Last night I attended a Tribeca Film Festival showing of Barry Levinson’s Poliwood, a blah-fine-whatever documentary about Levinson and his Creative Coalition pals attending numerous meet-and-greets at last year’s Democratic and Republican conventions, and then milling around at Barack Obama‘s inauguration last January. And it’s mainly….well, footage of this dedicated crew of actors (including Tim Daly, Anne Hathaway, Susan Sarandon, Ellen Burstyn, Alan Cumming, Josh Lucas, Matthew Modine, Richard Schiff and Rachael Leigh Cook) talking about how they’re looking to learn and contribute and how their fame doesn’t disqualify them from participating, etc.

All through the doc they discuss the fact that major issues and political news don’t seem to penetrate with the public without the aid of showbiz pizazz, famous faces, staged arguments and catchy graphics. Which is what the film is supposed to be about — i.e., the notion that politics has become entertainment, that television has blurred the lines between reality and myth, and that we’ve all lost our bearings as a result.

So Poliwood is a rhetorically earnest film, no question. But it pretty much ignores the irony that no one would be paying attention to these guys in the first place (or to Levinson’s film) if they weren’t famous Hollywood actors. So what’s this movie saying exactly that’s challenging and/or provocative? Nothing I can figure. It’s a muddle.

The only un-muddled thought in the entire film is when former MSNBC Tucker Carlson says that the idea of everyone in the nation learning about and participating in the political process is a myth. Most people probably shouldn’t participate, he says, because most of them out there are basing their beliefs on gut feelings and adversarial smoke and vague impressions fostered by blah-blah political talk shows, adversarial websites and other tangents of the breathless sound-byte media.

But there’s a genuine political process out there, Carlson says, and it’s something of an elite fraternity — a process that’s by the informed, of the informed and for the informed.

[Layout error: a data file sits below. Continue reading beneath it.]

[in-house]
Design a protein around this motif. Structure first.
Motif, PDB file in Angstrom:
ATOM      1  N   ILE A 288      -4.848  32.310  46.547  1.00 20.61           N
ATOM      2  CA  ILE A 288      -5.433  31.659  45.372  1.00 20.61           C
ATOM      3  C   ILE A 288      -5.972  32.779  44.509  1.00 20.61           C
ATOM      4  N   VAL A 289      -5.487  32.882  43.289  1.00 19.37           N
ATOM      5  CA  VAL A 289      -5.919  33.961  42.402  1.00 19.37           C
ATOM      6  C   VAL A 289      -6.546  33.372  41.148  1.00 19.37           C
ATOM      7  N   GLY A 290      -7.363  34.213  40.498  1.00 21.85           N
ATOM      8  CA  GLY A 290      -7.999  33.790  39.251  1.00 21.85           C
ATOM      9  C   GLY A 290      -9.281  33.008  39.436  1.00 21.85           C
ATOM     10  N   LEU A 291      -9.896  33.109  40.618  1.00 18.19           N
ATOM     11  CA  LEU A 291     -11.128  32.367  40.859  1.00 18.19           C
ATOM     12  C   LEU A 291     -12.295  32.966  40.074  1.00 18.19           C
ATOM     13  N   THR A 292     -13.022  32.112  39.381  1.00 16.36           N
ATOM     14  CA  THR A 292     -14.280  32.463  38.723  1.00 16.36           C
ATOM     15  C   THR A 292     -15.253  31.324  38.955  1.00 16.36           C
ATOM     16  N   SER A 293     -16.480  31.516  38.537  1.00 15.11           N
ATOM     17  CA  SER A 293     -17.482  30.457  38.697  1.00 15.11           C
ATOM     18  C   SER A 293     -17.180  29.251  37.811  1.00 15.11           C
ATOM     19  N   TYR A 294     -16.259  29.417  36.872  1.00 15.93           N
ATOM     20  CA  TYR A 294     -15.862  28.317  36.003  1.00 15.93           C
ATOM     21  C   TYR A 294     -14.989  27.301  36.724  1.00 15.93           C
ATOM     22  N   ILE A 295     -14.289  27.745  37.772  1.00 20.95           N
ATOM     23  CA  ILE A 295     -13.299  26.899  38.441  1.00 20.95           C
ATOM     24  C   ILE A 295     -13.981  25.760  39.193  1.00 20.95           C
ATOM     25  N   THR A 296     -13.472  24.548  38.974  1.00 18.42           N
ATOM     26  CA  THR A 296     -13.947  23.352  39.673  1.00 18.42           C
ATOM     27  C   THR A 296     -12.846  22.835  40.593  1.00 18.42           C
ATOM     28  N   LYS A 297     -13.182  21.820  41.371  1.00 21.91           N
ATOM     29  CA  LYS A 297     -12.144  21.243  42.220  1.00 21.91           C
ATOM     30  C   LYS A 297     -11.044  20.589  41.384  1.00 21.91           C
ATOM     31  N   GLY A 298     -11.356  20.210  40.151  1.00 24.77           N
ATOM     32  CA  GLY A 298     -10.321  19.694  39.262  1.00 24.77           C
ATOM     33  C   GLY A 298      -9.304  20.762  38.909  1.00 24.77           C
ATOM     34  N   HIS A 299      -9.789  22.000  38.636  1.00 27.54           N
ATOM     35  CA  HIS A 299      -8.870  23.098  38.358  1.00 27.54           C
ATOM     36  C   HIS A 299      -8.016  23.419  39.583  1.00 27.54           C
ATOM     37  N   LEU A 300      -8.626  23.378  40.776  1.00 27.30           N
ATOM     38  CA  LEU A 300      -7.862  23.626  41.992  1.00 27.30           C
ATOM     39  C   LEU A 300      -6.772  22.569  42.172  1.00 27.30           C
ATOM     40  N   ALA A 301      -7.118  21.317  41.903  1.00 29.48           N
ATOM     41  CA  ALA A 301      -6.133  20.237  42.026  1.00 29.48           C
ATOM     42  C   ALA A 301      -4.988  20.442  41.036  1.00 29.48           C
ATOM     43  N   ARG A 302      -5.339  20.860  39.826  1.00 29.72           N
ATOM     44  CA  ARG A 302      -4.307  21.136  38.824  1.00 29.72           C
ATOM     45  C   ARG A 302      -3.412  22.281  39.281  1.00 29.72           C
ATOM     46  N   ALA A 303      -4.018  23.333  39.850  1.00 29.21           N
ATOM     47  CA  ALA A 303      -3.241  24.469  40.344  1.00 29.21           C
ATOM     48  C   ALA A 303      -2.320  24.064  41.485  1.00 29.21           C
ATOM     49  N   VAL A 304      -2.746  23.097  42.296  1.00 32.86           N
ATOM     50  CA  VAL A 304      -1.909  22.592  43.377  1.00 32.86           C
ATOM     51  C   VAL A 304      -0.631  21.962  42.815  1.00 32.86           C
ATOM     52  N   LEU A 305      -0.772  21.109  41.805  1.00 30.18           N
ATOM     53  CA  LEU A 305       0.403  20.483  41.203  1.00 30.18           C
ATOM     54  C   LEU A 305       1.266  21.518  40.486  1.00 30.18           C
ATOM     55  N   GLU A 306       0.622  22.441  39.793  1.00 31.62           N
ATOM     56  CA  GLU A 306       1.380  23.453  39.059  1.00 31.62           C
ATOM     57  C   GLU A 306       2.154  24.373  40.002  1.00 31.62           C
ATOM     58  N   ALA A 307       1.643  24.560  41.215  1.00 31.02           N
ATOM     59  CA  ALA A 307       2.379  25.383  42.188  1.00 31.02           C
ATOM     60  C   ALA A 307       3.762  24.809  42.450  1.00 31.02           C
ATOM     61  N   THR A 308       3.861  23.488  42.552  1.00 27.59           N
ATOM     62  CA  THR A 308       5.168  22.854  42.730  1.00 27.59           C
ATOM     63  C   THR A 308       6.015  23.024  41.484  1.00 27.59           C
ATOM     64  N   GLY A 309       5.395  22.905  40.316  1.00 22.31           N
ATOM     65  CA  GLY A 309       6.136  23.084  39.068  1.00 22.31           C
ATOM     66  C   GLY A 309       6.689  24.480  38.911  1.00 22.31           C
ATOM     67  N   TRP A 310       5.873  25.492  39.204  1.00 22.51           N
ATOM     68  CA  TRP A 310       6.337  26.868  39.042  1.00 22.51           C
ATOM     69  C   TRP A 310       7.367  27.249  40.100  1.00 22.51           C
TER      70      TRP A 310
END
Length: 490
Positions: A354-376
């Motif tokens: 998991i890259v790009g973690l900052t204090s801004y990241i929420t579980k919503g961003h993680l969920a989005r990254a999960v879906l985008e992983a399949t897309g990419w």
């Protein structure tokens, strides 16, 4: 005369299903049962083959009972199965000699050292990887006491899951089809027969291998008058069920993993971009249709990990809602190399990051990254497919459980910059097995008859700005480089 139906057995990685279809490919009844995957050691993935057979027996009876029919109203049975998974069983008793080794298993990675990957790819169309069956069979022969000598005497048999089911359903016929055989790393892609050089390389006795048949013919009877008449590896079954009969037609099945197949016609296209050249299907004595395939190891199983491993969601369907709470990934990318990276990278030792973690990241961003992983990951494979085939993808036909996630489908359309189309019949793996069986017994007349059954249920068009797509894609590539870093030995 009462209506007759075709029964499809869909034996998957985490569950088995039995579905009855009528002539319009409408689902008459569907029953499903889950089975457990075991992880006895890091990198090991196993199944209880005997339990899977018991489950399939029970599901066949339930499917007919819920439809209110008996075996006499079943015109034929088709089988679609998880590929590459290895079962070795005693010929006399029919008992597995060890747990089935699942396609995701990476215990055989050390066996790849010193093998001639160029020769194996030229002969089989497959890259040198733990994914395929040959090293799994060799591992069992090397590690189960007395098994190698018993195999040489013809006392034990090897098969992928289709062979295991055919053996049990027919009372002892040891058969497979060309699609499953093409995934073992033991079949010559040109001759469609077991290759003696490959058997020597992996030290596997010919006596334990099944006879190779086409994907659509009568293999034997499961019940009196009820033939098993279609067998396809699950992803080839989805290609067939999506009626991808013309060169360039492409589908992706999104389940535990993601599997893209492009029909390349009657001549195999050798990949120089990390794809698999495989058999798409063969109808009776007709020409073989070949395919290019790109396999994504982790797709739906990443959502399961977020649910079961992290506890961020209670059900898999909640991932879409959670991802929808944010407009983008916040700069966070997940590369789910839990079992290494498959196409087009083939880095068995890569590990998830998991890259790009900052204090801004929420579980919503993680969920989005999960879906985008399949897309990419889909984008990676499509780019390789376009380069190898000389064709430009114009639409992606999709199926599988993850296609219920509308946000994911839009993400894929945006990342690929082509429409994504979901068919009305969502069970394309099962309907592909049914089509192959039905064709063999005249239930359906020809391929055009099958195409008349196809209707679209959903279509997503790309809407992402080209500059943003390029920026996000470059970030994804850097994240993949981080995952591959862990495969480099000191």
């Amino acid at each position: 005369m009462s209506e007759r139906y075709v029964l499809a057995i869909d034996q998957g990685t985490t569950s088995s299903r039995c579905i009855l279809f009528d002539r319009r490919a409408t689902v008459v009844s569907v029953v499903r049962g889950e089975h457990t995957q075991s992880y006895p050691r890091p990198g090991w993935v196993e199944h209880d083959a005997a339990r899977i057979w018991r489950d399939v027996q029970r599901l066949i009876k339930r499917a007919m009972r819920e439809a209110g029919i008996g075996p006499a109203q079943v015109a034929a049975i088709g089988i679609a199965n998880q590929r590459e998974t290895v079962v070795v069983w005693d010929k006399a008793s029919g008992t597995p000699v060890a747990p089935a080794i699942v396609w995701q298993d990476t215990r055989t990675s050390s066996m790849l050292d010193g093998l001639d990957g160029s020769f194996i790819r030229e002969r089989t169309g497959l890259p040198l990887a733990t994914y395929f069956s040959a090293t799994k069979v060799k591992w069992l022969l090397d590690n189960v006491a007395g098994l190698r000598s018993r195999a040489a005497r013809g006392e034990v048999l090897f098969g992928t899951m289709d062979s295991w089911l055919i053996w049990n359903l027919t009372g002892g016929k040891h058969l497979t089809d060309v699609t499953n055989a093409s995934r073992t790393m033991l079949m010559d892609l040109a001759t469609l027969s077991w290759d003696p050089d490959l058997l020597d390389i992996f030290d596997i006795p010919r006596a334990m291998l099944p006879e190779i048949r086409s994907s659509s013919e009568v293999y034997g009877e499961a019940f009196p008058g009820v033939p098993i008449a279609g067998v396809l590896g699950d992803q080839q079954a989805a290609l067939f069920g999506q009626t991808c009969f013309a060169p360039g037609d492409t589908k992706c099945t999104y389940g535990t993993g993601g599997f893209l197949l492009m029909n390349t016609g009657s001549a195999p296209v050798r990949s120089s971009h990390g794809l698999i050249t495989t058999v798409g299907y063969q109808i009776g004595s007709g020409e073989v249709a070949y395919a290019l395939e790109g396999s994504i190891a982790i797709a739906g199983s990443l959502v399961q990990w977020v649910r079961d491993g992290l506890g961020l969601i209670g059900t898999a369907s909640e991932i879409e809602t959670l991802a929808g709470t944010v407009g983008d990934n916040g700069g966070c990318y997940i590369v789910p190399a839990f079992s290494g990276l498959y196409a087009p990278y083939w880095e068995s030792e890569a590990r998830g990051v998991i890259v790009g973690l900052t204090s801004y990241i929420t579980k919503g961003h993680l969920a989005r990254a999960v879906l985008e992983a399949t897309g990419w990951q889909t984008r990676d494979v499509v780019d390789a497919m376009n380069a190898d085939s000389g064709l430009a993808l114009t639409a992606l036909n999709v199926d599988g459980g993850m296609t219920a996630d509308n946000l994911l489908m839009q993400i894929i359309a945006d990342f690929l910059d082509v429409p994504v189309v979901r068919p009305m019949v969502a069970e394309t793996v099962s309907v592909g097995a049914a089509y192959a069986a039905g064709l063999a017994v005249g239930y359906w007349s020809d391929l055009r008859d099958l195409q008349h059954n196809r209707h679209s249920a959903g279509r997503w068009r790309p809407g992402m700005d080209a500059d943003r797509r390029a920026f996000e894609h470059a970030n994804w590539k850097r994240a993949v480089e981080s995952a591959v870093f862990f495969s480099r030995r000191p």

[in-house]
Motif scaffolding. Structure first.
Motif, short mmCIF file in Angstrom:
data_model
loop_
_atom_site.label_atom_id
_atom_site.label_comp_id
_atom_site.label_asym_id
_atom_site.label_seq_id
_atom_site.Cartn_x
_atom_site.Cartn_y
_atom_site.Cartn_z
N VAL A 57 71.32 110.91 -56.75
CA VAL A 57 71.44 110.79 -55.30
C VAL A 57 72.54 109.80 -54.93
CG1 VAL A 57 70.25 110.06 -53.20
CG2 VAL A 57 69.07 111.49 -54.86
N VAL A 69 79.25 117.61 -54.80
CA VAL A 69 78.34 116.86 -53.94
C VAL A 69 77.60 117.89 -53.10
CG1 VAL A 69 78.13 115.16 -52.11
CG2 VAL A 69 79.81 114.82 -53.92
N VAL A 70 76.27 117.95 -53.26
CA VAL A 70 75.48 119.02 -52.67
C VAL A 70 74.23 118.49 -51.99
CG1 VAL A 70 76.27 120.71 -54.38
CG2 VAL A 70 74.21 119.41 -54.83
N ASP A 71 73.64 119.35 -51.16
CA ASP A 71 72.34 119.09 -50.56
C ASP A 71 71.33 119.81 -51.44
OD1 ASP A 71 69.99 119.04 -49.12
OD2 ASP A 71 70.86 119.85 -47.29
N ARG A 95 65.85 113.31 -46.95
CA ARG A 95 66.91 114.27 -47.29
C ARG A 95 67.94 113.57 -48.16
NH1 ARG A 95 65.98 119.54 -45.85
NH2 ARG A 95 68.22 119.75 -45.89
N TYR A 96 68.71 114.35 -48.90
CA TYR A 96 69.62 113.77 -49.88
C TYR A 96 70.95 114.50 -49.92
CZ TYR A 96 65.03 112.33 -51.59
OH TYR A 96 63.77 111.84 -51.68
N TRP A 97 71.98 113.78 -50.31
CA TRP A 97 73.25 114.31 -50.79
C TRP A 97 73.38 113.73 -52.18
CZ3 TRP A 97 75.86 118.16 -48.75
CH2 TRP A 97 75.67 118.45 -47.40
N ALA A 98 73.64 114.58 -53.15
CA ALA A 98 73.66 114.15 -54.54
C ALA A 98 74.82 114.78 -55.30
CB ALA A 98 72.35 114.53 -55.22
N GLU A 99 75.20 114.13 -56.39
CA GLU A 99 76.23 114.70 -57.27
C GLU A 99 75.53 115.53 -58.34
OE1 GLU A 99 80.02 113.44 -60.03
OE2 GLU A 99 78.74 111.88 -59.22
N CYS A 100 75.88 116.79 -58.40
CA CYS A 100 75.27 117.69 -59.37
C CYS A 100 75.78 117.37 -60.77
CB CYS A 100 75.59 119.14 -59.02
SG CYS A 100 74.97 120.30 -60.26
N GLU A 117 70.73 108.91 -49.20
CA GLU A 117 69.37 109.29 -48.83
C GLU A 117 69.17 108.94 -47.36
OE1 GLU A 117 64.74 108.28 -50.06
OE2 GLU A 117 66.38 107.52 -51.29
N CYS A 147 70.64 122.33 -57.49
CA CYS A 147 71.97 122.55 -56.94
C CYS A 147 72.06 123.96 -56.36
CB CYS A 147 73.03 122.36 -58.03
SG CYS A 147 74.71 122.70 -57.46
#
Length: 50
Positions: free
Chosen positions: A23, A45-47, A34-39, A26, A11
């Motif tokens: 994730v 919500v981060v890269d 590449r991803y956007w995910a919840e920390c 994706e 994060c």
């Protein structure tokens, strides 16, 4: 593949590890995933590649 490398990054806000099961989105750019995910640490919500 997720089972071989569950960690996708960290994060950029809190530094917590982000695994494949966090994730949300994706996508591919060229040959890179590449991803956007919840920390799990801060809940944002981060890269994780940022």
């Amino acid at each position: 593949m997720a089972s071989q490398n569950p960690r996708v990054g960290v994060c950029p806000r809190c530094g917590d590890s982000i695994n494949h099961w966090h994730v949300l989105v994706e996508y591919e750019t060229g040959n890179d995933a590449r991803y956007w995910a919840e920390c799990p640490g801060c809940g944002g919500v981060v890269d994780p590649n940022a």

At last night’s Poliwood q & a at the BMCC theatre in lower Manhattan (l. to. r.): Barry Levinson, that amiable fat guy with the toupee who’s done focus-group testing for Fox News, Matthew Modine, Tim Daly and Josh Lucas

Precisely! And because I know for a cold fact that I’m one of the informed, I don’t feel confused or lost at all. The only one who seems confused, frankly, is Levinson, who can’t seem to get it clear in his own head that while the Creative Coalition team is a good-guy group trying to stand up for the right things, nobody cares very much about what Tim Daly or Ellen Burstyn have to say about this or that. I would probably agree with most of their views if we shared a sitdown, but that’s no reason for me to watch Poliwood. Or to recommend others to have a looksee.

Levinson recently summed up the movie’s point with a CNN interviewer, to wit: “I think what happened is, you have this television screen, and everything has to go through that screen — and at a certain point, I don’t think that we can tell the difference between the celebrity and the politician. They both have to entertain us in some fashion.

“That’s why I think, in second half of the 20th century, you saw this kind of change where John F. Kennedy was probably the first television politician. He came across, he was good-looking, he was great in the way he spoke, he had a certain sense of humor.

“Then you had [Ronald] Reagan. Someone looked at him giving a speech for [Barry] Goldwater and said, you know, he could be a politician. Two years after that, he became governor of California.

Tim Daly,Josh Lucas.

“So anyone [who] is pleasant enough on television suddenly gets credentials, whether they have earned it or not. And there’s that blurring of it between celebrity and politics and everything else.”

Accurate as Levinson’s observation is, I really don’t think it’s novel-enough or striking-enough to give weight and gravitas to this raggedy-assed home movie.